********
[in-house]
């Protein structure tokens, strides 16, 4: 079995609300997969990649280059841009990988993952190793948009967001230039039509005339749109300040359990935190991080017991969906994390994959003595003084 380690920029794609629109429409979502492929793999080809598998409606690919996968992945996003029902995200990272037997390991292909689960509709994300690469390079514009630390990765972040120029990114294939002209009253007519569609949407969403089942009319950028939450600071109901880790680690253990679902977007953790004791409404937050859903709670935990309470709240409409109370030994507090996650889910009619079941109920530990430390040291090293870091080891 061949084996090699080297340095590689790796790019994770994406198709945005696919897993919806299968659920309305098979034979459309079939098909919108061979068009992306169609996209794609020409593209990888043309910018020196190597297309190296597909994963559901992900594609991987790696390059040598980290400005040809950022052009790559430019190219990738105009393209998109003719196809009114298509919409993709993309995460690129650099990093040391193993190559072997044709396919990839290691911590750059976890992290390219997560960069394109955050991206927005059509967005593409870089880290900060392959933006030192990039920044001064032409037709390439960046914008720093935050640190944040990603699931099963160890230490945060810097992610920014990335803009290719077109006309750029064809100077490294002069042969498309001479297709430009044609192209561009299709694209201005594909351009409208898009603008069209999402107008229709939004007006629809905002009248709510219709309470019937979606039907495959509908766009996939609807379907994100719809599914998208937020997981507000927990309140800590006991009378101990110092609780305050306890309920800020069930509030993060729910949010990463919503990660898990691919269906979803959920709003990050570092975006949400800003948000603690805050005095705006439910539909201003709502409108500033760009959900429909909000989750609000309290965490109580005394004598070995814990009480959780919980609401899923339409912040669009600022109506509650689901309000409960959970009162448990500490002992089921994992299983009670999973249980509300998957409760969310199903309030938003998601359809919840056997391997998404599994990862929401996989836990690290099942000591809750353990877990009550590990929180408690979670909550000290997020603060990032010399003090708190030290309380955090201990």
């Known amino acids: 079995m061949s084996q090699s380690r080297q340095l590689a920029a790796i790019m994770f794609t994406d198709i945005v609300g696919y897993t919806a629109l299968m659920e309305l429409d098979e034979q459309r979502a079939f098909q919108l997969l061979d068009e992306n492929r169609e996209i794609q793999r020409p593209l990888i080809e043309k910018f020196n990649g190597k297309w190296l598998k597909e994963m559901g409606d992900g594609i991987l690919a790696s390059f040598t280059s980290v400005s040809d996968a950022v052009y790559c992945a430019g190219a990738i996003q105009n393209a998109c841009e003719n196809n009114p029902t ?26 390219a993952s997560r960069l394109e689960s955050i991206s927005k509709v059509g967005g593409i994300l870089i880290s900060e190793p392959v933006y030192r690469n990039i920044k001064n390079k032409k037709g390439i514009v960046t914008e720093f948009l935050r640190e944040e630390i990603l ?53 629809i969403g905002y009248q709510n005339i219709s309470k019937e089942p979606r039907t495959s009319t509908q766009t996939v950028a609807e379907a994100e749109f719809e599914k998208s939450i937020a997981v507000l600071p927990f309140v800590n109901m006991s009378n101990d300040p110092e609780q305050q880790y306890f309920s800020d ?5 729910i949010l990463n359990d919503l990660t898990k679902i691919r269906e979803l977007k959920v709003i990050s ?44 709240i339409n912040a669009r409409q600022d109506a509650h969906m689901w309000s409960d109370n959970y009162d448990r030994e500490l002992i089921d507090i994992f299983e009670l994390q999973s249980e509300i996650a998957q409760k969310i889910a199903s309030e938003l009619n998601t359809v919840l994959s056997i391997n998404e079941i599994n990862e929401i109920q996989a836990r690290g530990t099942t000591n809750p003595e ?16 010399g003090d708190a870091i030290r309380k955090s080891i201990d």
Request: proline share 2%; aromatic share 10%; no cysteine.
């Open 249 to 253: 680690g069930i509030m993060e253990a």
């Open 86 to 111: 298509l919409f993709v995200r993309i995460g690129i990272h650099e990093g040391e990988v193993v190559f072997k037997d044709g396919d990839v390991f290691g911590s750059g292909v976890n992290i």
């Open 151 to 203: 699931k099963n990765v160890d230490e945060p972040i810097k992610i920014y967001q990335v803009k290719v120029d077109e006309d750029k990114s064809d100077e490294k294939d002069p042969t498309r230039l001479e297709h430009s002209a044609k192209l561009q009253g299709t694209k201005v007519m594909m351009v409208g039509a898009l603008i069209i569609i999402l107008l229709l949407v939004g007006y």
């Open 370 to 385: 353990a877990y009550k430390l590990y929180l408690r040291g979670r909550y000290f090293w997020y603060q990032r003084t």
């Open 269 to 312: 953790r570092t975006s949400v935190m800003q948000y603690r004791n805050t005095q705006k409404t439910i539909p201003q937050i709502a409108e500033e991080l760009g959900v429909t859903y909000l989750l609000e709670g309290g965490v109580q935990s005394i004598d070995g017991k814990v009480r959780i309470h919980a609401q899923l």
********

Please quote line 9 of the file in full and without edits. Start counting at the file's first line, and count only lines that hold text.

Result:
């Open 269 to 312: 953790r570092t975006s949400v935190m800003q948000y603690r004791n805050t005095q705006k409404t439910i539909p201003q937050i709502a409108e500033e991080l760009g959900v429909t859903y909000l989750l609000e709670g309290g965490v109580q935990s005394i004598d070995g017991k814990v009480r959780i309470h919980a609401q899923l």